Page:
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12.16  Film Writers compete to get on a Black List!

Shuchi Kothari

Shuchi Kothari Photo: supplied

Taratoa Stappard

Taratoa Stappard Photo: supplied


The movie business, famously, is a lottery.  Quality alone has never been a guarantee a film would get the green light.

Hence Hollywood's famous Black List - drawing movie producers' attention to the many amazing screenplays that for one reason or another weren't getting made.

Since the annual publishing of Black Lists began in 2005, over 400 scripts got turned into movies, including Oscar winners like Jojo Rabbit, Slumdog Milljonaire and The King's speech.

Now Black List members are being matched up with six Kiwi screenwriters, to improve the chances of their scripts finding a home with feature filmmakers.

Just six artists were selected from almost 180 scripts by the New Zealand Film Commission for the Black List New Zealand Project (BLNZP). 

As well as working with mentors, the six screenwriters will take part in a professional development workshop, and receive up to $25,000 each to finish the next draft of their scripts.

Lynn Freeman speaks to two of them.

Taratoa Stappard's MĀRAMA is a horror story about a young Māori woman who's sent a ticket to North Yorkshire where she discovers a dreadful secret. 

Indian-born Shuchi Kothari is a filmmaker and academic who's long fought for the rights of under-represented Asian film makers.  Her script NAVRATRI/NINE NIGHTS takes place during an Indian Festival where people are encouraged to dance with abandon.


12.33  Tawhai Rickard reinvents Māori superheroes

Two Māori superheroes - based on the Batman and Robin characters - are placed in different moments in Aotearoa's history in a new series of work by Tauranga-based visual artist Tawhai  Rickard of Ngati Porou.   

His exhibition at Tauranga Art Gallery is called The Misadventures of Te Kuri

Tawhai features them in both paintings and sculptural works.  The paintings include the Batman figure Te Kuri,riding in a waka, or conversing and eating cucumber sandwiches with Lord George Grey 

For the sculptures he's repainted actual Batman and Robin figures from the 1960s and put them in scenes, including one with the pair being suspended upside down over a giant teapot!

Tawhai Rickard explains to Lynn Freeman how he came to combine American pop culture and Māoridom.

The misadventures of Te Kuri opens at Tauranga Art Gallery on the 22nd of May.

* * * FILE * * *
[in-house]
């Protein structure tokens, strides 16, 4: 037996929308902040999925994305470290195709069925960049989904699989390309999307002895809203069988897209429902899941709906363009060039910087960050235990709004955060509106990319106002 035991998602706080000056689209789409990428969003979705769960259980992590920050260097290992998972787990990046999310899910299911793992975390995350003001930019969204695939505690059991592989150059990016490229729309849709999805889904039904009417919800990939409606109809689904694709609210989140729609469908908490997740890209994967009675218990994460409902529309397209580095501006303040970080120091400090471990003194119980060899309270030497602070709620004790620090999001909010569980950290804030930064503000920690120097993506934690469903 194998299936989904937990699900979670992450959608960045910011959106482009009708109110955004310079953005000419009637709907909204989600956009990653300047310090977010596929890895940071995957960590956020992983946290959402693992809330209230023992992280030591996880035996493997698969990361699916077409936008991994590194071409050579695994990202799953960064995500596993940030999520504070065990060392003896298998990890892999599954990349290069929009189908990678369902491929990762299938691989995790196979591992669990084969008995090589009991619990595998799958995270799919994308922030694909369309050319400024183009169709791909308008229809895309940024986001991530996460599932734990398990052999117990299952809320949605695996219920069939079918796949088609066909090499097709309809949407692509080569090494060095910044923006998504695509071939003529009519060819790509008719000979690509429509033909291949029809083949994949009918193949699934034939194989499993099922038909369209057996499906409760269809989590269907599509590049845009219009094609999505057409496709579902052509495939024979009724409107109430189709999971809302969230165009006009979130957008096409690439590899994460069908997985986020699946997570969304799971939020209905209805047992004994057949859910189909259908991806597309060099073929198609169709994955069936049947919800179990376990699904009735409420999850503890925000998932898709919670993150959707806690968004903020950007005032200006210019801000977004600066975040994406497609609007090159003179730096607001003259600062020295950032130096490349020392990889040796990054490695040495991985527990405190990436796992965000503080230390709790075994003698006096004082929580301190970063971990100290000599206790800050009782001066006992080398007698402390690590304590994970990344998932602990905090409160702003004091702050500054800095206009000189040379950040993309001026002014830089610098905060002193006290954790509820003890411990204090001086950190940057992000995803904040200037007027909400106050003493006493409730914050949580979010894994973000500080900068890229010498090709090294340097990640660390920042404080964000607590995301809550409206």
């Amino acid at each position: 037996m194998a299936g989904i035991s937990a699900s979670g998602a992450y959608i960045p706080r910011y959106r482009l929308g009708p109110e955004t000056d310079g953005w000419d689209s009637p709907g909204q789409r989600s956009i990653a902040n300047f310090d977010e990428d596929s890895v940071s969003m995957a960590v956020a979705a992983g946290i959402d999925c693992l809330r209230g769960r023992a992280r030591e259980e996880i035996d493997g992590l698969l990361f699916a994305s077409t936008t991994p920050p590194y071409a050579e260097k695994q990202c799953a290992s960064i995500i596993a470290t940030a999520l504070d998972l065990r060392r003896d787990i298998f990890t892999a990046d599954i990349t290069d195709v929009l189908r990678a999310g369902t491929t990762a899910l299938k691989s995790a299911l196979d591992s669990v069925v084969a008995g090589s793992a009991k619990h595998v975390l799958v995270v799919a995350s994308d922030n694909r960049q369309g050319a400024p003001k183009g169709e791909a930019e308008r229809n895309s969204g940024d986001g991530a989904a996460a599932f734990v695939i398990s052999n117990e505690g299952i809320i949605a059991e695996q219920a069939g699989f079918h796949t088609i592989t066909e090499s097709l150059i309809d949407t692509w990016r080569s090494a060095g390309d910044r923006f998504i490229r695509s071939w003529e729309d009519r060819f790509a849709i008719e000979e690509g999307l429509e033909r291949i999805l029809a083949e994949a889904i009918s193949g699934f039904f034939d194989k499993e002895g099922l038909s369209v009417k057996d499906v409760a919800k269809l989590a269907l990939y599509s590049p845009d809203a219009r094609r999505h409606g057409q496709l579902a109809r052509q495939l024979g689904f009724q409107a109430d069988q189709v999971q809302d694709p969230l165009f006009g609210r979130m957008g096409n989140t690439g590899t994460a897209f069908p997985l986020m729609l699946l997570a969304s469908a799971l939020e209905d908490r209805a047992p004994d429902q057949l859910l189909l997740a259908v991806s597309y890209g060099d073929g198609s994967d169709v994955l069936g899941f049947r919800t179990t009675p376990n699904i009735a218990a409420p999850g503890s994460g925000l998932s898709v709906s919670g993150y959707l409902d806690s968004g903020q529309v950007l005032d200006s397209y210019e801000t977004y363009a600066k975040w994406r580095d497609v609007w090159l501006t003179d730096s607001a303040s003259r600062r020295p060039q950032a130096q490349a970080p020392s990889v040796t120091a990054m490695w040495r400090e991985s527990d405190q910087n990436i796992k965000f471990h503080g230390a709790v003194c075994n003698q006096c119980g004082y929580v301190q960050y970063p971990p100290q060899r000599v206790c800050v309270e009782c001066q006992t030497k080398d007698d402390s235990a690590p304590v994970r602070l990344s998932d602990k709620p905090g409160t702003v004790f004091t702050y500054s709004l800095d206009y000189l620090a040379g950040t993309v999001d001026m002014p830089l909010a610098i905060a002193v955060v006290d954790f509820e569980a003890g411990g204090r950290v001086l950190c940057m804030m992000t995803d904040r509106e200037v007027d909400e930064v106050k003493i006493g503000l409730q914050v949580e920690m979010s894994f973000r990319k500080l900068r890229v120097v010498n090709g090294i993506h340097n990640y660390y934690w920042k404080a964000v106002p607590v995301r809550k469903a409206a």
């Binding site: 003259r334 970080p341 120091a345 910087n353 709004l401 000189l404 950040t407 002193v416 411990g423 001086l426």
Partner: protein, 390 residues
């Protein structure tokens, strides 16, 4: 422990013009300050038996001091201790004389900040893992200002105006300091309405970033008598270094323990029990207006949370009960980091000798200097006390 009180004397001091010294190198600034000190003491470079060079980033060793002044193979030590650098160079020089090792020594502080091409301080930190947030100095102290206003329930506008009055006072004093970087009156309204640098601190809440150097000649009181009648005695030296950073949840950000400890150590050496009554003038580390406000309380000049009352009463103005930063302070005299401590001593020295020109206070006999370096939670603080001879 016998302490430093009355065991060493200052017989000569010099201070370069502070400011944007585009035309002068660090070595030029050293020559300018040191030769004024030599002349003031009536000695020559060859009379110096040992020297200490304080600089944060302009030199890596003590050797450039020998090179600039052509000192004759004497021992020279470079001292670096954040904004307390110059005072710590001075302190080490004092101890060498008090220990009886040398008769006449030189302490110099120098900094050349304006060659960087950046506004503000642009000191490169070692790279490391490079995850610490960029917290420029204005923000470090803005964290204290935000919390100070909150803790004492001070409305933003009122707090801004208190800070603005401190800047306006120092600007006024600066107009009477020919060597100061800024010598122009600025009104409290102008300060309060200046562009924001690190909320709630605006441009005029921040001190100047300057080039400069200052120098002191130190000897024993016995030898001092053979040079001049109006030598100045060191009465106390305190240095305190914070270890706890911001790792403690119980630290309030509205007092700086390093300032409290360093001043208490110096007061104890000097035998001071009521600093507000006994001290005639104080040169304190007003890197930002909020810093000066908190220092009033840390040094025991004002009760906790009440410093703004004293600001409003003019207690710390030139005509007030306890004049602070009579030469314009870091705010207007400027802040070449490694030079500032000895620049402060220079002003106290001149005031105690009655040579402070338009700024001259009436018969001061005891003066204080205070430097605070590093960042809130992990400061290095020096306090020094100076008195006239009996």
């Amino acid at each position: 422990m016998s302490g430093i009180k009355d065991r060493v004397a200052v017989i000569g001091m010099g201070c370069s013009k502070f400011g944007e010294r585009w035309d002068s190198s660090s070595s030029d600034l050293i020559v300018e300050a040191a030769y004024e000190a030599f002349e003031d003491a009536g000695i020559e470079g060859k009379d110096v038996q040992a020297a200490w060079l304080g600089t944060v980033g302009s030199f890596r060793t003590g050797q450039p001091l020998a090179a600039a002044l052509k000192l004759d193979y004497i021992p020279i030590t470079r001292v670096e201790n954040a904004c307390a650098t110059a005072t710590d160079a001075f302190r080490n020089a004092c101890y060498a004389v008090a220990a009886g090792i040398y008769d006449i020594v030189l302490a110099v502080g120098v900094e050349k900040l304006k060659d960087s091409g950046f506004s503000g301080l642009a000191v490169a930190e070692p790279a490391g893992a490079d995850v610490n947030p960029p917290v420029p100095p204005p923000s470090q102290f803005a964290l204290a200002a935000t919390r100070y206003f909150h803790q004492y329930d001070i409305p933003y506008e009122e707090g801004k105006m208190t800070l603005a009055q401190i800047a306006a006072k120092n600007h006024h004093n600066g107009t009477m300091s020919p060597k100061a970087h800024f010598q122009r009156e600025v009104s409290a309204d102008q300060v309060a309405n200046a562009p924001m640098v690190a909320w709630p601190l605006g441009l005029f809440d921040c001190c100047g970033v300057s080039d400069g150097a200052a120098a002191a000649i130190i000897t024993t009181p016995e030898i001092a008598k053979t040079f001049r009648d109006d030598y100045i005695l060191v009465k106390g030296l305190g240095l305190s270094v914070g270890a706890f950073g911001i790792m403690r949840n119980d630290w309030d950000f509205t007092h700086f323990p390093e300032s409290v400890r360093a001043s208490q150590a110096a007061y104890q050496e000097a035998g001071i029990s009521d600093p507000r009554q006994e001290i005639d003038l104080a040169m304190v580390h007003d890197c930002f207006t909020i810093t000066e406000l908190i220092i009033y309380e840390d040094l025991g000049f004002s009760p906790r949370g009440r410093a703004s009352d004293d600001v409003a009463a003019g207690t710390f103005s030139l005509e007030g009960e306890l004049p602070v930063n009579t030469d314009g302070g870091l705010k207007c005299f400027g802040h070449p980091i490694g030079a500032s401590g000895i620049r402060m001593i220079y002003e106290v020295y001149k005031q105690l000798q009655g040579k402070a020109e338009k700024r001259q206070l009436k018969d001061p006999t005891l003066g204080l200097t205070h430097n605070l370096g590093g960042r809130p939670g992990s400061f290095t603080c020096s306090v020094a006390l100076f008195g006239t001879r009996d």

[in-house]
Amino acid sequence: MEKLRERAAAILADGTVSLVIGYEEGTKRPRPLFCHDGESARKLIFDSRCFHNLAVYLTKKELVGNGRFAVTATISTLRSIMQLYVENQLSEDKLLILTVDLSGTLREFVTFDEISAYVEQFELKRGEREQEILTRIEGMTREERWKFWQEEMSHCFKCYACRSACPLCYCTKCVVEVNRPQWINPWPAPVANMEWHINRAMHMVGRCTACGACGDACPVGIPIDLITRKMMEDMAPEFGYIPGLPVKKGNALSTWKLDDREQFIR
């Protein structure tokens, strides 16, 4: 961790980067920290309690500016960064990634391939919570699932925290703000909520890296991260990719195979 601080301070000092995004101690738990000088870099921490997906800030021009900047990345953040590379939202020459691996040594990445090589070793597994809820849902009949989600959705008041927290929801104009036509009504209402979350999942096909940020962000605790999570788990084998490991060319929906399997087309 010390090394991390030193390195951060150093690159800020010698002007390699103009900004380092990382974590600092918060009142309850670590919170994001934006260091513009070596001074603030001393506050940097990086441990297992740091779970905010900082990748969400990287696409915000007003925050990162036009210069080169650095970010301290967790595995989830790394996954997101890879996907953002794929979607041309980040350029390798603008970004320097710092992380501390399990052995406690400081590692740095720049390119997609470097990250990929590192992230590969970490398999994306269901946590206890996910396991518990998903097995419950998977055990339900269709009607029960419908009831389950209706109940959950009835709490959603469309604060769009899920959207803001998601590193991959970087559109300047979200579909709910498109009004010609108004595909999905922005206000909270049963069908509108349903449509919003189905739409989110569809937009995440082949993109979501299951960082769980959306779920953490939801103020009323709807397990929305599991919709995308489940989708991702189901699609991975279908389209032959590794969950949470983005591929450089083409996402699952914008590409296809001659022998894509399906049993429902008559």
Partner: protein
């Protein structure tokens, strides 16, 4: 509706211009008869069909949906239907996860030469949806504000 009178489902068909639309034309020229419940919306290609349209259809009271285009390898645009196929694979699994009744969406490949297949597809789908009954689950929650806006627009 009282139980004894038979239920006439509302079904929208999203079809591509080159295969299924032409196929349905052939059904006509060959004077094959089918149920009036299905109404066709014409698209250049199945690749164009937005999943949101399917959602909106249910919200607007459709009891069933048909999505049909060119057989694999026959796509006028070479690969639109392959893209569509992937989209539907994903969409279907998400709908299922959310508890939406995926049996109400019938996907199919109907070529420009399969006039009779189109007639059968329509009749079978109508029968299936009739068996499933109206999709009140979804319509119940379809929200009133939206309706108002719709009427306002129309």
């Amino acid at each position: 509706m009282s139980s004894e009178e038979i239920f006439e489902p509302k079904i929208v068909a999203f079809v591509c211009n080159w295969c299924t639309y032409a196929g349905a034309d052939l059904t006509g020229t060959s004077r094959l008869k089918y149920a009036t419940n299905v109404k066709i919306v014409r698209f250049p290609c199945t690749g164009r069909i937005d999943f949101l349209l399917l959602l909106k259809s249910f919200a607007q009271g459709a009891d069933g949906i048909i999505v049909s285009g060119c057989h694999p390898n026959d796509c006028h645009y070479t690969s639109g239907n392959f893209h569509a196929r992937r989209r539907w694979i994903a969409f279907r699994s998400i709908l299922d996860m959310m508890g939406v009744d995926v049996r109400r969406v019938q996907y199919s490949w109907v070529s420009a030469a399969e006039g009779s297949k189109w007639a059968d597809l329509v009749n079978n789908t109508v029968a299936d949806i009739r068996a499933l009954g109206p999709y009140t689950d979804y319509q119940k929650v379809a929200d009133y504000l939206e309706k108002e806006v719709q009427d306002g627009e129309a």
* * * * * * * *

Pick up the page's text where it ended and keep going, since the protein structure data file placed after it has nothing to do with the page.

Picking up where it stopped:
12.41  Dressed - what the well-dressed colonial was wearing

When specialist textile curators at New Zealand museums examine donated garments, often the most fascinating stories come from the signs of stains, repairs and repurposing that they discover.  

Many of these stories are shared in a new book by Te Papa's Senior Curator, New Zealand Culture and History, Claire Regnault.  She's brought them together in a book that examines Aotearoa's fashionable dress history, from 1840 to 1910.

There's been some real detective work by Claire to find out details of the garments' owners and makers from the often scant museum records. 

Lynn Freeman asked Claire about the time-consuming work that goes into investigating the history of these garments.

Dressed :Fashionable Dress in Aotearoa New Zealand 1840 to 1910 is written by Claire Regnault and published by Te Papa Press.

1.07  At The Movies

Simon Morris reviews New Zealand documentary James and Isey, American civil rights drama Son of the South, and Covid-era romcom Locked Down.


1.31  Tiki Taane's family affair

Tiki Taane with Charlie and Karcia

Tiki Taane with Charlie and Karcia Photo: supplied

Charlie and Karcia Taane are just 12 and 9 respectively, but they are about to go on stage with their famous Dad, performer and superstar producer Tiki Taane.  That sounds pretty intimidating, but Tiki's tamariki are old pros.   They performed recently in front of a televised audience of billions at a recent All Blacks match.

However this is slightly different.  This time they go on stage with the backing of a full orchestra.

This event is called called Ōtautahi Proud, and it's also being filmed.  The three Taanes are looking forward to the gig with the Christchurch Symphony Orchestra, not only for the big band sound it offers but also because their whānau has a longtime connection with the orchestra.

Lynn Freeman asked Tiki how he would have felt about singing with an orchestra when he was Charlie's age.

Tiki, Karcia and Charlie Taane will be performing with other invited guest musician and the Christchurch Symphony Orchestra at the Town Hall on the 21st of May.

1.48  Photographer Cody Ellingham captures the poetry of isolation